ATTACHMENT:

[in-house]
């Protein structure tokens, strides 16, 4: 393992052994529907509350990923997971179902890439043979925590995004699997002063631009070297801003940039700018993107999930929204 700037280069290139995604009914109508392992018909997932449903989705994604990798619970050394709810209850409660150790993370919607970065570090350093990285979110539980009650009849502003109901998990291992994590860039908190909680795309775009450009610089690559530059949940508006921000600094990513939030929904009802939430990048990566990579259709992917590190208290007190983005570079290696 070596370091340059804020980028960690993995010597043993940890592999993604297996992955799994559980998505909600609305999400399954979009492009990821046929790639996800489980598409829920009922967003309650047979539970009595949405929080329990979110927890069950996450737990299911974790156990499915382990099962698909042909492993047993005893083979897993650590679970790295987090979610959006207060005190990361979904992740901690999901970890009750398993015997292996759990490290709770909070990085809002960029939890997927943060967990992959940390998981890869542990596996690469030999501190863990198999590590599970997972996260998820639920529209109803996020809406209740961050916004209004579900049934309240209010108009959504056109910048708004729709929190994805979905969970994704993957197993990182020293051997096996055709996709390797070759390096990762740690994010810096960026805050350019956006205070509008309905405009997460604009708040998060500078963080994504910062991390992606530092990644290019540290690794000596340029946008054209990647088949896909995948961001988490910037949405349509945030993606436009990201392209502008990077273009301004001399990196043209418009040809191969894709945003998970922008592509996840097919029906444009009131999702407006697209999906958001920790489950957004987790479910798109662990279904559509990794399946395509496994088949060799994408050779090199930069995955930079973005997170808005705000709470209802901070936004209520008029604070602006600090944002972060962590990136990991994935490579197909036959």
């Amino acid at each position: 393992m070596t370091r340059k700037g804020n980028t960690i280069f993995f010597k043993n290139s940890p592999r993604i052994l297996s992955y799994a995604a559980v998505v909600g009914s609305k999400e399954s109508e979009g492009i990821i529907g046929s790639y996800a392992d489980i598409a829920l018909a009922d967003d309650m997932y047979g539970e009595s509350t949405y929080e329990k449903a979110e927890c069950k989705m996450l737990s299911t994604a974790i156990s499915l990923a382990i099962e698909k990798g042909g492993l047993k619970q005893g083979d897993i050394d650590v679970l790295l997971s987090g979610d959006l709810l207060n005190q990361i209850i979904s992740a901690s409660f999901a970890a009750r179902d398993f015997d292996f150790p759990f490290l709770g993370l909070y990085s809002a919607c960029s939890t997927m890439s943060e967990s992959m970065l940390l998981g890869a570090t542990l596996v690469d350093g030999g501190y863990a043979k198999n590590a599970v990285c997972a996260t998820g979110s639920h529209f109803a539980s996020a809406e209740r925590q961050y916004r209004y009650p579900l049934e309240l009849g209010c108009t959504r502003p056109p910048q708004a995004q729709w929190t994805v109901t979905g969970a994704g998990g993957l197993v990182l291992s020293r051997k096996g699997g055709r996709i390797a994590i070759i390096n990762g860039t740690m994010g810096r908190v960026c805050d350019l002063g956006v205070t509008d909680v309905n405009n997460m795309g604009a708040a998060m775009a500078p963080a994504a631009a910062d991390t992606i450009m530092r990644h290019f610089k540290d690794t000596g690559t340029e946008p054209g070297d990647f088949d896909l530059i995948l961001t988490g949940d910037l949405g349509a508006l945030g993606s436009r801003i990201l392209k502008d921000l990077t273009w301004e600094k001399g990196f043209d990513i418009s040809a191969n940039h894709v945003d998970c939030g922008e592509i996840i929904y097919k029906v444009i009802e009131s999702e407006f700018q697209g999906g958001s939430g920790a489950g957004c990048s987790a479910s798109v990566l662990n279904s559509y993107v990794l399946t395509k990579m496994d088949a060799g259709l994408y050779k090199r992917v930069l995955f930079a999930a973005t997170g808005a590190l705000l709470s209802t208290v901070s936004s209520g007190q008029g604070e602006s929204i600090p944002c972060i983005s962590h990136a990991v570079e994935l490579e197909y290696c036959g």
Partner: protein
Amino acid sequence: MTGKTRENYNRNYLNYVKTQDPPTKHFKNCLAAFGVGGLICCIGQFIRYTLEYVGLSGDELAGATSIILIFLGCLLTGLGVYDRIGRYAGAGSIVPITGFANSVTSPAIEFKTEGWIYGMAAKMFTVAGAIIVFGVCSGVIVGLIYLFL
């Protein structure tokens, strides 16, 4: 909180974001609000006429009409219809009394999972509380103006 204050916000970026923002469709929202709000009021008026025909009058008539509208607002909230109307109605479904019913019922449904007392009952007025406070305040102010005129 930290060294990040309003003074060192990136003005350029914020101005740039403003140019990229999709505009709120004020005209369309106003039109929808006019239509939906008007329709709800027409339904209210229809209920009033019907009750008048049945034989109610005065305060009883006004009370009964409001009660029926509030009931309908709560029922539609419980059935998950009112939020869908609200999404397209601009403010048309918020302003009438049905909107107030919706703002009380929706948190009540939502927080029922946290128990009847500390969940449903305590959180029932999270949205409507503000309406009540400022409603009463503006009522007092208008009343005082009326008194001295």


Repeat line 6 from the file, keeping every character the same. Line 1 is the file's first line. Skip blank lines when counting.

């Protein structure tokens, strides 16, 4: 909180974001609000006429009409219809009394999972509380103006 204050916000970026923002469709929202709000009021008026025909009058008539509208607002909230109307109605479904019913019922449904007392009952007025406070305040102010005129 930290060294990040309003003074060192990136003005350029914020101005740039403003140019990229999709505009709120004020005209369309106003039109929808006019239509939906008007329709709800027409339904209210229809209920009033019907009750008048049945034989109610005065305060009883006004009370009964409001009660029926509030009931309908709560029922539609419980059935998950009112939020869908609200999404397209601009403010048309918020302003009438049905909107107030919706703002009380929706948190009540939502927080029922946290128990009847500390969940449903305590959180029932999270949205409507503000309406009540400022409603009463503006009522007092208008009343005082009326008194001295």